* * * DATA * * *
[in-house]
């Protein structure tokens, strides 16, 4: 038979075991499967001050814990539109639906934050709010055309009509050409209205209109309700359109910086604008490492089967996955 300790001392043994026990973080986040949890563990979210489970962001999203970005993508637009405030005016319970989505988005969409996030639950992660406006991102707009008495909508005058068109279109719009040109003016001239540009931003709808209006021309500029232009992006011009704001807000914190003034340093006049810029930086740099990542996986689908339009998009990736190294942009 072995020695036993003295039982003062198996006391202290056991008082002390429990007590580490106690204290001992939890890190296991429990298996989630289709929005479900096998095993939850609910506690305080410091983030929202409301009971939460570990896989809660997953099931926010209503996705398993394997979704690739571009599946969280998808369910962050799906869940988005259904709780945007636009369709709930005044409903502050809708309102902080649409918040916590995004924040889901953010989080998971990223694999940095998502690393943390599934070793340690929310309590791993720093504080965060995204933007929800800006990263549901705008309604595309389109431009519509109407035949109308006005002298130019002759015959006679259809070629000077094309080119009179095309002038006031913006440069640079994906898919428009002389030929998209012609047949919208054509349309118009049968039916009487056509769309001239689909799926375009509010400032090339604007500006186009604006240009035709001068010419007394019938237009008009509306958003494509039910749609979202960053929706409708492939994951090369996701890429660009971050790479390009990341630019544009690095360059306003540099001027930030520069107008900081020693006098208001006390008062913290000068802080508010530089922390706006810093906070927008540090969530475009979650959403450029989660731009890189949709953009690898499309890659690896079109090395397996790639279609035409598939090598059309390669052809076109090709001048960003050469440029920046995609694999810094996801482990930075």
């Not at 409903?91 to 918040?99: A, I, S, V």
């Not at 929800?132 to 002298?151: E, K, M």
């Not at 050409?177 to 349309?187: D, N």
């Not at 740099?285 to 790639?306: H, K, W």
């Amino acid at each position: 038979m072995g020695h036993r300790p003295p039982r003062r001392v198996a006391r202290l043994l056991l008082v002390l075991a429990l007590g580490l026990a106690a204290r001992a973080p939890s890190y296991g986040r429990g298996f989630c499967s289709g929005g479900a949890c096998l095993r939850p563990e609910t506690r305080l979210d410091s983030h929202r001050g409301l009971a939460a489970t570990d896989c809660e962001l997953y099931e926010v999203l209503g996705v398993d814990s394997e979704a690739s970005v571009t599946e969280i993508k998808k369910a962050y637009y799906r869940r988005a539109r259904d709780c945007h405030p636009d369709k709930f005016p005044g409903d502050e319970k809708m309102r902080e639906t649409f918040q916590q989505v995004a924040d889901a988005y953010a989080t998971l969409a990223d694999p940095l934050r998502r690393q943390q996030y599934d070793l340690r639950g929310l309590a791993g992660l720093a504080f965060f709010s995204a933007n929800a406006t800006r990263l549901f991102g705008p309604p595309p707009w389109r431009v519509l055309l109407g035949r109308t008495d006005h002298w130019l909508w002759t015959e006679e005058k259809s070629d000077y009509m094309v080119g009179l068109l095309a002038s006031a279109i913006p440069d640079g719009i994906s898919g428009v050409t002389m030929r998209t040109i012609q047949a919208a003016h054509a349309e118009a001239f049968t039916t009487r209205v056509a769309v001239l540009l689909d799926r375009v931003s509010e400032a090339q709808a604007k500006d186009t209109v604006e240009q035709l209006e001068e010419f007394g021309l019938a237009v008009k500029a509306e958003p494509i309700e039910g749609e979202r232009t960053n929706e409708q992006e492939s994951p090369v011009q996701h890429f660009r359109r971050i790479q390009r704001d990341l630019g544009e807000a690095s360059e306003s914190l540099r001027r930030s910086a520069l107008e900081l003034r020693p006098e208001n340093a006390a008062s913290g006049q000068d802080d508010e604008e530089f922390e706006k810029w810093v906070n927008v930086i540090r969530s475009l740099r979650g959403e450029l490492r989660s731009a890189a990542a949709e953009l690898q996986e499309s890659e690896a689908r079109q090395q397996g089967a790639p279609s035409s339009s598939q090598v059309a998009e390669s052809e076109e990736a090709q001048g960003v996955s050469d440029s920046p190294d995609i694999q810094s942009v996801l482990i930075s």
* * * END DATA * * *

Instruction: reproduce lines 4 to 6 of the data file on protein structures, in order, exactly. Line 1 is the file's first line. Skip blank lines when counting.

């Not at 929800?132 to 002298?151: E, K, M």
């Not at 050409?177 to 349309?187: D, N």
């Not at 740099?285 to 790639?306: H, K, W």